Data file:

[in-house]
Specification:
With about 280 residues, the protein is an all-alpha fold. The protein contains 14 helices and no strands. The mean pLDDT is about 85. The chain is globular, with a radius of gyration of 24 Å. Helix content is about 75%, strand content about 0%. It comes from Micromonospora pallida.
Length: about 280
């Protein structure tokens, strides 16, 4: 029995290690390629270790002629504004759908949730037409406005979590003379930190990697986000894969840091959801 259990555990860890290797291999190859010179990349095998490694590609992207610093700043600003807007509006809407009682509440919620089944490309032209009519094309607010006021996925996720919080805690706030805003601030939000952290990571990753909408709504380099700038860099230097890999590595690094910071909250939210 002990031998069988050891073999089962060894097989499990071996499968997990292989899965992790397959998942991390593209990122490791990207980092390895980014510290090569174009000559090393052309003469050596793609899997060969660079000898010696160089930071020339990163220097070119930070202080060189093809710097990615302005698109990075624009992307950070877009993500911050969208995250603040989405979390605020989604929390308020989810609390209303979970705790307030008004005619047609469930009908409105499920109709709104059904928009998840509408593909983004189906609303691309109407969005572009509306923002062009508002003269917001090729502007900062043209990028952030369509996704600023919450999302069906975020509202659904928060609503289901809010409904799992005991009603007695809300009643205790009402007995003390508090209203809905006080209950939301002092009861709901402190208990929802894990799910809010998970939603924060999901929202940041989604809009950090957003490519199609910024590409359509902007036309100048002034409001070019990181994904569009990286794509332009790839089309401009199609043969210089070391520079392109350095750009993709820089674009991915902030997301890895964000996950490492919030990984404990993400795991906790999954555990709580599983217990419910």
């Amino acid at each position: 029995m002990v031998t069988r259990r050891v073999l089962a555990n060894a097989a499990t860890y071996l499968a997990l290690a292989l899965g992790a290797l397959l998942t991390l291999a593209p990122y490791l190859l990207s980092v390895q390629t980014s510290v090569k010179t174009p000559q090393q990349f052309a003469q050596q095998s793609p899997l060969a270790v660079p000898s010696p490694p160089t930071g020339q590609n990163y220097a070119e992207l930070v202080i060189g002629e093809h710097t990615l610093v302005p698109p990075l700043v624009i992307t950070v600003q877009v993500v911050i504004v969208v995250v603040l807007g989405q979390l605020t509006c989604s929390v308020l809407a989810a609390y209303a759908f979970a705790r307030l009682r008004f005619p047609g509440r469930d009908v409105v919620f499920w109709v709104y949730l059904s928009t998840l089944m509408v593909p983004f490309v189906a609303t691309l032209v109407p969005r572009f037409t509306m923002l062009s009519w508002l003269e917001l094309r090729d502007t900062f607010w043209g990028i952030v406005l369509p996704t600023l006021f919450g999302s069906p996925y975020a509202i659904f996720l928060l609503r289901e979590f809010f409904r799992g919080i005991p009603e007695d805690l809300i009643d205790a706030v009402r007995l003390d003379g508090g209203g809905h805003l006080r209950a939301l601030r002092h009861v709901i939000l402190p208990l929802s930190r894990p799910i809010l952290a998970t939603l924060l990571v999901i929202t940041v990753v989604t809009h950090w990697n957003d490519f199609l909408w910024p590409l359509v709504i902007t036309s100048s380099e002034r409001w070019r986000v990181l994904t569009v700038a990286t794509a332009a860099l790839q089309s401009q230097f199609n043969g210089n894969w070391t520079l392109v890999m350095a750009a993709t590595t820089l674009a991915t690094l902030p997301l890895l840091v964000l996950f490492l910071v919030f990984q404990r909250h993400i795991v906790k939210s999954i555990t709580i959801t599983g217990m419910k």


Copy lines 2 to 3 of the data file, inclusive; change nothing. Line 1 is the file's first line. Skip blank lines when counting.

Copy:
Specification:
With about 280 residues, the protein is an all-alpha fold. The protein contains 14 helices and no strands. The mean pLDDT is about 85. The chain is globular, with a radius of gyration of 24 Å. Helix content is about 75%, strand content about 0%. It comes from Micromonospora pallida.